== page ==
types, Beinart, who defends the war in Iraq, almost sounds
like a neo-conservative (in its original meaning):
I think one of the great problems in the debates about
abortion and gay rights is the perception that liberals
are illiberal and nondemocratic…. And there is an important
debate for liberals to have about the role of the courts
in pushing social change. Finally, I don't think you can
separate these questions from people's larger concerns
about the culture. Liberals should believe in free speech,
of course, but there is no reason that liberals need to
believe that everything that comes out of an unregulated
free market is good culturally.
he gives the game away, which he evidently thinks is primarily
Democratic Party needs a strategy with military voters
not simply because of their numbers, but because military
voters will give the Democratic Party credibility with
nonmilitary voters who are concerned the Democratic Party
is not tough enough. One cannot forget the central fact
that the Democratic Party has lost every election since
the 9/11 era, in which national security has been predominant.
That is an enormous, enormous problem.
Institute colleague Bill Voegeli dissected Beinart in
this essay and went after liberalism again in this one, in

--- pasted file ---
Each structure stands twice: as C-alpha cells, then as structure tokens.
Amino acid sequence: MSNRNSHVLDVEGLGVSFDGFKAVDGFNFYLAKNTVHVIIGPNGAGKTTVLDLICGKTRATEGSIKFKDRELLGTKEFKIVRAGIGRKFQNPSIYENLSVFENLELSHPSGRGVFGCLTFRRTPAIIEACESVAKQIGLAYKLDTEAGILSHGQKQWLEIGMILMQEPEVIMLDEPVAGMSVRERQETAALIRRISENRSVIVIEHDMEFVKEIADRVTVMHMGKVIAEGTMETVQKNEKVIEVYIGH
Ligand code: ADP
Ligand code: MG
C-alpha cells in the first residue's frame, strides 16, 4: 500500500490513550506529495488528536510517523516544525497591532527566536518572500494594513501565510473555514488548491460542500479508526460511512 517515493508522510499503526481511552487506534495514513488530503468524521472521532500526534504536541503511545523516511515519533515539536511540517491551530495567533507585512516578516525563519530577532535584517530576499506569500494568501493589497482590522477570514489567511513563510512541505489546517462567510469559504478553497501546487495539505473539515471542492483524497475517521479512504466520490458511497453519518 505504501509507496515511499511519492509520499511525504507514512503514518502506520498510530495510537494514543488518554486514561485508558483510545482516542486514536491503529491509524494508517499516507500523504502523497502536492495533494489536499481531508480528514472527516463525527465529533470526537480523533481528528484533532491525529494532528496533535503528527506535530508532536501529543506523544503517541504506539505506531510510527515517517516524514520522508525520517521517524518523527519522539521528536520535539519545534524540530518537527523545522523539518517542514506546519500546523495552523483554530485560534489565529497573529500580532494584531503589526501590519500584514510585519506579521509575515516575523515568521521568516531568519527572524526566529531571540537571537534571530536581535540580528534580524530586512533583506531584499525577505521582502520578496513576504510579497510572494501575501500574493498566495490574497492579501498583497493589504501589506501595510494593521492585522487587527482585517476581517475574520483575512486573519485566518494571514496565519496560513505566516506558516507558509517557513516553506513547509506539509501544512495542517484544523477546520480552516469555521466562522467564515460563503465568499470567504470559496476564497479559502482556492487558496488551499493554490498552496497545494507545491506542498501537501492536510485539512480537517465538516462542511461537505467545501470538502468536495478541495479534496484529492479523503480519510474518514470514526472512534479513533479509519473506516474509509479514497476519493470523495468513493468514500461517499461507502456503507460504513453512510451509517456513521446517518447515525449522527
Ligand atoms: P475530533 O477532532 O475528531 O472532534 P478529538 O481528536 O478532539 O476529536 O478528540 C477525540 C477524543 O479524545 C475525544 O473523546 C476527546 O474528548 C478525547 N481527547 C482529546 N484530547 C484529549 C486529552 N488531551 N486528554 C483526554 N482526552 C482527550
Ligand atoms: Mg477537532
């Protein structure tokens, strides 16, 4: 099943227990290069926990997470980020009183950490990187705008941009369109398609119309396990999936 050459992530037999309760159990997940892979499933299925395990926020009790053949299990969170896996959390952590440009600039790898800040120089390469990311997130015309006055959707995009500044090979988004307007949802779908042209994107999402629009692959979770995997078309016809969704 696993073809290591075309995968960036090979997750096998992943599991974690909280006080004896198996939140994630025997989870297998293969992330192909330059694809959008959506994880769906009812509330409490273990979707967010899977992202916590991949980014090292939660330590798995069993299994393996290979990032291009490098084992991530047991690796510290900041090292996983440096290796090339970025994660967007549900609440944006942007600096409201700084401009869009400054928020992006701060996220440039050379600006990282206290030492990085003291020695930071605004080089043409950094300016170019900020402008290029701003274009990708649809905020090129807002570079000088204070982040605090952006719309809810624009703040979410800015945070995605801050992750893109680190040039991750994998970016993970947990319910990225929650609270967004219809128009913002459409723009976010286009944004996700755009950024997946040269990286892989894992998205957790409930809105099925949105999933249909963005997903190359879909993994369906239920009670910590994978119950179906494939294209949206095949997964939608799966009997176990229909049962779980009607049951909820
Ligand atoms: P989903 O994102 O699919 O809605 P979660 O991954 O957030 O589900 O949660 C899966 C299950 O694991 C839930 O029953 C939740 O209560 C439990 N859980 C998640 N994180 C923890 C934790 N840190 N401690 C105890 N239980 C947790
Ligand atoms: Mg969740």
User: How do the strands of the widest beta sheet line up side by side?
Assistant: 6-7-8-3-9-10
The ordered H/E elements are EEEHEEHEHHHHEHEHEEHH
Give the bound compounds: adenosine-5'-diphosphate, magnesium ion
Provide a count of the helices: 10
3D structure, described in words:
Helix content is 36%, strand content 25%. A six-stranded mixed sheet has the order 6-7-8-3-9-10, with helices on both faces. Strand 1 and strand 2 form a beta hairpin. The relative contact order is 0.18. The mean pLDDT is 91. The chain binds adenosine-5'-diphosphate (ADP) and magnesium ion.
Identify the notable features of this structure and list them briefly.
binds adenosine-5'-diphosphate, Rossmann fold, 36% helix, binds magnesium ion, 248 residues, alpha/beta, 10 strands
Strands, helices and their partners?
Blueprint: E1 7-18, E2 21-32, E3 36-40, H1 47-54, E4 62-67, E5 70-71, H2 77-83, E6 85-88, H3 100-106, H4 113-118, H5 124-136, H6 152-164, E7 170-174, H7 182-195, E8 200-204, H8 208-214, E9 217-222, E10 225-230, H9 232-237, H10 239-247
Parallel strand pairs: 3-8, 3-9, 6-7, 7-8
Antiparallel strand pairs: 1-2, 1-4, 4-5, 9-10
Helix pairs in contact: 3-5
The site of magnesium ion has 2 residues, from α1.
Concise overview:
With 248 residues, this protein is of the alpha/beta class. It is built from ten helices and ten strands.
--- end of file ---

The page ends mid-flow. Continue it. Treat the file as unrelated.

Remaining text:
the current Claremont
Review of Books.
Foer provides a more thoughtful but even more desperate policy
In a dense
essay Foer, senior editor of the New Republic, notes
the left’s new-found joy in federalism. This is an extension,
he argues, of a century-old debate between Herbert
Croly (the founding editor of the New Republic)
Brandeis, a social reformer appointed by Woodrow Wilson
to the Supreme Court. Croly favored an agenda of centralization
and efficiency, Brandeis the use of the states as “laboratories
of democracy.” Foer maintains that President Clinton was a
kind of neo-Brandeisean liberal federalist (my concoction;
his middle name is Jefferson, after all.) “Progressives once
championed states as laboratories of democracy. Now many of
them are hoping these laboratories will produce the Democratic
certainly is a fundamental constitutional principle; it is
also in many
respects an empty vessel. Thus champions of federalism
often turn out to be merely advocates of this or that particular
example, slavery) rather than defenders of constitutional
California we have long recognized this liberalism, as manifested
State Supreme Court’s decisions making criminal justice more
difficut ("independent state grounds"). (See my chapter on
the courts in Democracy
in California.) But how will Foer judge the success
initiatives in California and in Oregon?
Liberal kneejerk support of illegal immigration, race and gender
preferences, criminal rights, and property regulation against
direct democracy will scarcely build the Democratic party.
But then neither will conservative satisfaction with direct
democracy’s results build an effective conservative party.
these comments, it will be up to the Democratic Party politicians,
not its intellectuals, will have to save it. But note who they
voted as their party chairman. tOR